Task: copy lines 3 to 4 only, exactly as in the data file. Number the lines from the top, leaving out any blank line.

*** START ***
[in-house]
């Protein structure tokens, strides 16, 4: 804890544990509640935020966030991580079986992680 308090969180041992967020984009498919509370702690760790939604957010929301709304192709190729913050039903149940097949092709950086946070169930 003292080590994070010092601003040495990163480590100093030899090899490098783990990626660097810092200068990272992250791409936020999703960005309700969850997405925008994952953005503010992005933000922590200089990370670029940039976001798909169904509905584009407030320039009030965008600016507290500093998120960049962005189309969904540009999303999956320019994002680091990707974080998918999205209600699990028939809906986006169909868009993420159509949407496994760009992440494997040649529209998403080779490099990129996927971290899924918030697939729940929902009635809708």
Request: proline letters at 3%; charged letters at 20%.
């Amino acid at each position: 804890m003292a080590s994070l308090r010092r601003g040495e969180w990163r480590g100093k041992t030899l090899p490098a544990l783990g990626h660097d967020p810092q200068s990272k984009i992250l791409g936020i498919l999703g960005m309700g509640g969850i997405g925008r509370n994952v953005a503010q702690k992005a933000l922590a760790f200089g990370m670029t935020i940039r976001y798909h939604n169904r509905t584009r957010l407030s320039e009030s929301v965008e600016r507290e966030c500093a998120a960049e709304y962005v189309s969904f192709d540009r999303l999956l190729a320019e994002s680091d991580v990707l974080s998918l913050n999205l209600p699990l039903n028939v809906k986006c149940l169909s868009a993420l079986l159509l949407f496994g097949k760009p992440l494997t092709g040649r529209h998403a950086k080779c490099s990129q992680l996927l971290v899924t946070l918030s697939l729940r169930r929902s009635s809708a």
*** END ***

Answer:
Request: proline letters at 3%; charged letters at 20%.
């Amino acid at each position: 804890m003292a080590s994070l308090r010092r601003g040495e969180w990163r480590g100093k041992t030899l090899p490098a544990l783990g990626h660097d967020p810092q200068s990272k984009i992250l791409g936020i498919l999703g960005m309700g509640g969850i997405g925008r509370n994952v953005a503010q702690k992005a933000l922590a760790f200089g990370m670029t935020i940039r976001y798909h939604n169904r509905t584009r957010l407030s320039e009030s929301v965008e600016r507290e966030c500093a998120a960049e709304y962005v189309s969904f192709d540009r999303l999956l190729a320019e994002s680091d991580v990707l974080s998918l913050n999205l209600p699990l039903n028939v809906k986006c149940l169909s868009a993420l079986l159509l949407f496994g097949k760009p992440l494997t092709g040649r529209h998403a950086k080779c490099s990129q992680l996927l971290v899924t946070l918030s697939l729940r169930r929902s009635s809708a």